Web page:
Glassware blamed for gender bias in spiritsBy Melita Kiely
Researchers claim to have identified the main cause for gender bias within the spirits industry – tulip-shaped glasses.
Tulip-shaped, or copita, glasses have long been used for nosing and tasting spirits, and have been designed to concentrate the aromas of the liquid.
However, a new report – Applying Physics and Sensory Sciences to Spirits Nosing Vessel Design to Improve Evaluation Diagnostics and Drinking Enjoyment – suggests these glasses have been a primary cause for “female exclusion” due to women’s heightened sense of smell compared to men.
Commissioned by Arsilica, which owns glassware company Neat, the research revealed that in a simple ‘A/B’ preference test, 98% of women preferred an “open-rim, engineering nosing vessel, which diverts ethanol (A), over the tulip, which concentrates ethanol (B)”.
It also showed that 30% of women “refused testing, averse to olfactory pain to tulips”.
For men, 87% of those surveyed preferred option ‘A’, and “none experienced olfactory pain”.
All participants chosen for the study were well-known to the author, Christine Crnek, co-founder and CEO of Arsilica, and comprised spirits industry executives, collectors and aficionados, spirits judges, bartenders, brand ambassadors, certified sommeliers, spirits distributors and buyers, competition and tasting organisers, and members of international spirits clubs.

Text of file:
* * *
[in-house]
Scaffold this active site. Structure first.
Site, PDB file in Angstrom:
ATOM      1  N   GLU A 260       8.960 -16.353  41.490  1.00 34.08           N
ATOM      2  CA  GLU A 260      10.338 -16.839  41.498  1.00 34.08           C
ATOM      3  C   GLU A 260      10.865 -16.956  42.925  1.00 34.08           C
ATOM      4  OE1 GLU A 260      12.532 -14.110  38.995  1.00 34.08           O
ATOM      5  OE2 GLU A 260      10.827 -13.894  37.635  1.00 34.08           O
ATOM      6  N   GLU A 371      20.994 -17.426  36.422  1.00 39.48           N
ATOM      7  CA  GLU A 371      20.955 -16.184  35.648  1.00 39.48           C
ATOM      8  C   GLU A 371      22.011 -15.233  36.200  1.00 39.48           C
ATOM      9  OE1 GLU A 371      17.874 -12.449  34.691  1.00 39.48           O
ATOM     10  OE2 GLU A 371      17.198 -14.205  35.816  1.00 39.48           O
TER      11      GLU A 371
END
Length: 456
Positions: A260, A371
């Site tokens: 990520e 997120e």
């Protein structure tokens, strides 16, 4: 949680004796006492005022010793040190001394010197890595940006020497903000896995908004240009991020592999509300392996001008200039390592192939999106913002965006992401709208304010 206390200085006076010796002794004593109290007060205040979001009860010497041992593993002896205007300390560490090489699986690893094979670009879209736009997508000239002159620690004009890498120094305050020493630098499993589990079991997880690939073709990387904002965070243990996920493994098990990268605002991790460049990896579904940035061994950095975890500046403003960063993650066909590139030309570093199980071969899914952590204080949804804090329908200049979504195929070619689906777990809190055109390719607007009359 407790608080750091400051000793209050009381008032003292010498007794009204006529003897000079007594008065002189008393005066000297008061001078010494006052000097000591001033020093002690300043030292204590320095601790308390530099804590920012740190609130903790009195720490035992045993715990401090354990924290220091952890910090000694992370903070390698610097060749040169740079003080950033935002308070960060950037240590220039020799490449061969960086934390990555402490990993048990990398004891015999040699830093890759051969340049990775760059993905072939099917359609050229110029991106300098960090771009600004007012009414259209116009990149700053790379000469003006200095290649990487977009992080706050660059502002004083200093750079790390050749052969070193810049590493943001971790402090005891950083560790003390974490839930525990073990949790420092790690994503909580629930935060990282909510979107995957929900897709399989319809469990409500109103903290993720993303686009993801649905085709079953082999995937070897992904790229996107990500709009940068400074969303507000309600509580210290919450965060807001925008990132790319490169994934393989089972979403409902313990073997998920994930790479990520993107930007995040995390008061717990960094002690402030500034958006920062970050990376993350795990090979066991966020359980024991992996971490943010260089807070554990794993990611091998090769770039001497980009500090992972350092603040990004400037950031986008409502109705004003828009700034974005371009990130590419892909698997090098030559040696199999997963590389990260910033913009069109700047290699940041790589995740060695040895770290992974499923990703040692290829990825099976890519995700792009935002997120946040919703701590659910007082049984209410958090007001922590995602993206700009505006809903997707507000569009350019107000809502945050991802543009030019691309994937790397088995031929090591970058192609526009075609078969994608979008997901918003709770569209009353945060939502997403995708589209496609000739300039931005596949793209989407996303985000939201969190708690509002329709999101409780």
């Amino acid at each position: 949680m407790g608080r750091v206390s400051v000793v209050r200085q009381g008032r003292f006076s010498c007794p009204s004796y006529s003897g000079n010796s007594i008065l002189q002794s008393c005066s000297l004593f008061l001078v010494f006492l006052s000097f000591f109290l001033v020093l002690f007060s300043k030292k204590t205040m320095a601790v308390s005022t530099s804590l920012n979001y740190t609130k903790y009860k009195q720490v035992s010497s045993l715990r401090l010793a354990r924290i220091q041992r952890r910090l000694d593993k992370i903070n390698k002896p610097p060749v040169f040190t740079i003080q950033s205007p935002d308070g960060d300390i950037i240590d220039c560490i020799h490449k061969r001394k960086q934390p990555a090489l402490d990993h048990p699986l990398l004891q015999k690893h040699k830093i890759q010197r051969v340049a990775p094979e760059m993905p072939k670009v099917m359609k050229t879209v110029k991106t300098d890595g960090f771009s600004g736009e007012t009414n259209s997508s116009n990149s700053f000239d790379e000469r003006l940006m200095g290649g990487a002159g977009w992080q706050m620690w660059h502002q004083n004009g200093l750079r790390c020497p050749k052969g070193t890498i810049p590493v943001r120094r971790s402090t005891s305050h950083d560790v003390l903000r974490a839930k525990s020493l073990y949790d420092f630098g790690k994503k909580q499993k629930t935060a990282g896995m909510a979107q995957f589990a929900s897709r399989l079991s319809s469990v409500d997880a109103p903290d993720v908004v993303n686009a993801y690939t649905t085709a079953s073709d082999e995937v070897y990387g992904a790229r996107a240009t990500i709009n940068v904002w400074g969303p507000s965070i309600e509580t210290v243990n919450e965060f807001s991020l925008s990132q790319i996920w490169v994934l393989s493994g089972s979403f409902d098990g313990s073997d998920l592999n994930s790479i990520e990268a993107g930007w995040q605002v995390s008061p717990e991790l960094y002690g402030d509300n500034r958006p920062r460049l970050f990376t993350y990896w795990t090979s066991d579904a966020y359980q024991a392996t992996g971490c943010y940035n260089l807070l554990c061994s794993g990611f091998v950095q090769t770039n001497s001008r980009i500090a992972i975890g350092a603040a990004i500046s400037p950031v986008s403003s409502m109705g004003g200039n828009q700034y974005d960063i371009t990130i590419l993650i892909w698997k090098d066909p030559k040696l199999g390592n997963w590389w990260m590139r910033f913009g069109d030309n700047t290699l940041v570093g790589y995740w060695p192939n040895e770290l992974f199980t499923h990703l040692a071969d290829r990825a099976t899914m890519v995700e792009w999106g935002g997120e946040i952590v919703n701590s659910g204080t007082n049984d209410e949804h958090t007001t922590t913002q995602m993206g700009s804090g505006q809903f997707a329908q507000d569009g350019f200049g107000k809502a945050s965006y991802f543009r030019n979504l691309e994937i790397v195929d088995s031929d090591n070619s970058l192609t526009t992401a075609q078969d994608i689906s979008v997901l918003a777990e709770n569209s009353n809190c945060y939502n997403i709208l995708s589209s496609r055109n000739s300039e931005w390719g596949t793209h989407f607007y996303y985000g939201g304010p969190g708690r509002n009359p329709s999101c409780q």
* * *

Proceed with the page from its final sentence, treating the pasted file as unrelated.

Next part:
The exception was participants in ‘Consumer Test I’, who were all random attendees at spirits events.
Glassware put to the test during the study included the snifter, Glencairn, copita, an ‘engineered vessel’ and a tumbler.
The study proposed a modified social position to “balance gender participation” in the spirits world.
It stated: “The industry has a golden opportunity to balance gender participation and much to gain from expanding straight spirits markets to include more sensitive female noses.
“As a bonus, males with more sensitive noses will participate. Modifying social stance requires no investment, and there are many areas for improvement.”
Christine Crnek, co-founder and CEO of Arsilica, said: “Fifty years ago, Scotch, whiskies, Tequilas and rum target markets were solidly male, and gender-neutral social norms were not a consideration.
“Our research uncovered a major reason for predominantly male participation and female exclusion among straight spirits drinkers: tulip glasses which concentrate painful nose-numbing ethanol.
“According to sensory science, females have far superior noses, and ethanol is an anaesthetic which quickly hinders aroma detection and appreciation. It’s been under our noses all along, yet no one noticed.”